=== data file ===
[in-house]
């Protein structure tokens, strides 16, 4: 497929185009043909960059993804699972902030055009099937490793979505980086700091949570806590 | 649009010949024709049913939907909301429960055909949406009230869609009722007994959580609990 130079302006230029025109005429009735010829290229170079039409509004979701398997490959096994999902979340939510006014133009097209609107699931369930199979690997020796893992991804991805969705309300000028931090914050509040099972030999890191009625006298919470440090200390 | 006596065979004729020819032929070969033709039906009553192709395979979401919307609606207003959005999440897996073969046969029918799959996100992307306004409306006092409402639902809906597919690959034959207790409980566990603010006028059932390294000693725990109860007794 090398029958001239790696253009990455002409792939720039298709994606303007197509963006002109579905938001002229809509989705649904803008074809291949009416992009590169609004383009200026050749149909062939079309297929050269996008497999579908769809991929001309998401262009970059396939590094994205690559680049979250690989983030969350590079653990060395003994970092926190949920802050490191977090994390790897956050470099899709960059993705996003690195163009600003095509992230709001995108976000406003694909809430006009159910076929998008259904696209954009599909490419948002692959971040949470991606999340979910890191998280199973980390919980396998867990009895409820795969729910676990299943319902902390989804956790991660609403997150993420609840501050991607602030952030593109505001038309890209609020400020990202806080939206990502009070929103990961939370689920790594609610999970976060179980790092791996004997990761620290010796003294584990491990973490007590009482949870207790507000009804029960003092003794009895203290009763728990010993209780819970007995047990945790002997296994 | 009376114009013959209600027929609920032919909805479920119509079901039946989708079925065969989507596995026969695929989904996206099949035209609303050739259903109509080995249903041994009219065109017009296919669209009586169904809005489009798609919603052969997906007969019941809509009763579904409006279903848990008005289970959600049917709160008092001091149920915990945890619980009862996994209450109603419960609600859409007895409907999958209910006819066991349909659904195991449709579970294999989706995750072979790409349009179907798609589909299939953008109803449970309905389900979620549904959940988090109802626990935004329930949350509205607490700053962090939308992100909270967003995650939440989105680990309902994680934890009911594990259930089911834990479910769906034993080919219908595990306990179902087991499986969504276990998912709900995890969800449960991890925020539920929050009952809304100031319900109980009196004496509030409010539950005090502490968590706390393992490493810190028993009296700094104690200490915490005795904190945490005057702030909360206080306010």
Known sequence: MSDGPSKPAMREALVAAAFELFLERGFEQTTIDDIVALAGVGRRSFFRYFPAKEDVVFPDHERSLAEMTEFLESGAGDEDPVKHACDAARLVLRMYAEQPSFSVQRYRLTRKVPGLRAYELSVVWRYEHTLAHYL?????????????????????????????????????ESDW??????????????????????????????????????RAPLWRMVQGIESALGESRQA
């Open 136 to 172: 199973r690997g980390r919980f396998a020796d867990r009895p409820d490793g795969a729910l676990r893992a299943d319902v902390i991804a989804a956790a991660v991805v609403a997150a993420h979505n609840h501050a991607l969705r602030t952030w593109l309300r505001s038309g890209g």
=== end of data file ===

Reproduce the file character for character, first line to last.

[in-house]
């Protein structure tokens, strides 16, 4: 497929185009043909960059993804699972902030055009099937490793979505980086700091949570806590 | 649009010949024709049913939907909301429960055909949406009230869609009722007994959580609990 130079302006230029025109005429009735010829290229170079039409509004979701398997490959096994999902979340939510006014133009097209609107699931369930199979690997020796893992991804991805969705309300000028931090914050509040099972030999890191009625006298919470440090200390 | 006596065979004729020819032929070969033709039906009553192709395979979401919307609606207003959005999440897996073969046969029918799959996100992307306004409306006092409402639902809906597919690959034959207790409980566990603010006028059932390294000693725990109860007794 090398029958001239790696253009990455002409792939720039298709994606303007197509963006002109579905938001002229809509989705649904803008074809291949009416992009590169609004383009200026050749149909062939079309297929050269996008497999579908769809991929001309998401262009970059396939590094994205690559680049979250690989983030969350590079653990060395003994970092926190949920802050490191977090994390790897956050470099899709960059993705996003690195163009600003095509992230709001995108976000406003694909809430006009159910076929998008259904696209954009599909490419948002692959971040949470991606999340979910890191998280199973980390919980396998867990009895409820795969729910676990299943319902902390989804956790991660609403997150993420609840501050991607602030952030593109505001038309890209609020400020990202806080939206990502009070929103990961939370689920790594609610999970976060179980790092791996004997990761620290010796003294584990491990973490007590009482949870207790507000009804029960003092003794009895203290009763728990010993209780819970007995047990945790002997296994 | 009376114009013959209600027929609920032919909805479920119509079901039946989708079925065969989507596995026969695929989904996206099949035209609303050739259903109509080995249903041994009219065109017009296919669209009586169904809005489009798609919603052969997906007969019941809509009763579904409006279903848990008005289970959600049917709160008092001091149920915990945890619980009862996994209450109603419960609600859409007895409907999958209910006819066991349909659904195991449709579970294999989706995750072979790409349009179907798609589909299939953008109803449970309905389900979620549904959940988090109802626990935004329930949350509205607490700053962090939308992100909270967003995650939440989105680990309902994680934890009911594990259930089911834990479910769906034993080919219908595990306990179902087991499986969504276990998912709900995890969800449960991890925020539920929050009952809304100031319900109980009196004496509030409010539950005090502490968590706390393992490493810190028993009296700094104690200490915490005795904190945490005057702030909360206080306010």
Known sequence: MSDGPSKPAMREALVAAAFELFLERGFEQTTIDDIVALAGVGRRSFFRYFPAKEDVVFPDHERSLAEMTEFLESGAGDEDPVKHACDAARLVLRMYAEQPSFSVQRYRLTRKVPGLRAYELSVVWRYEHTLAHYL?????????????????????????????????????ESDW??????????????????????????????????????RAPLWRMVQGIESALGESRQA
């Open 136 to 172: 199973r690997g980390r919980f396998a020796d867990r009895p409820d490793g795969a729910l676990r893992a299943d319902v902390i991804a989804a956790a991660v991805v609403a997150a993420h979505n609840h501050a991607l969705r602030t952030w593109l309300r505001s038309g890209g």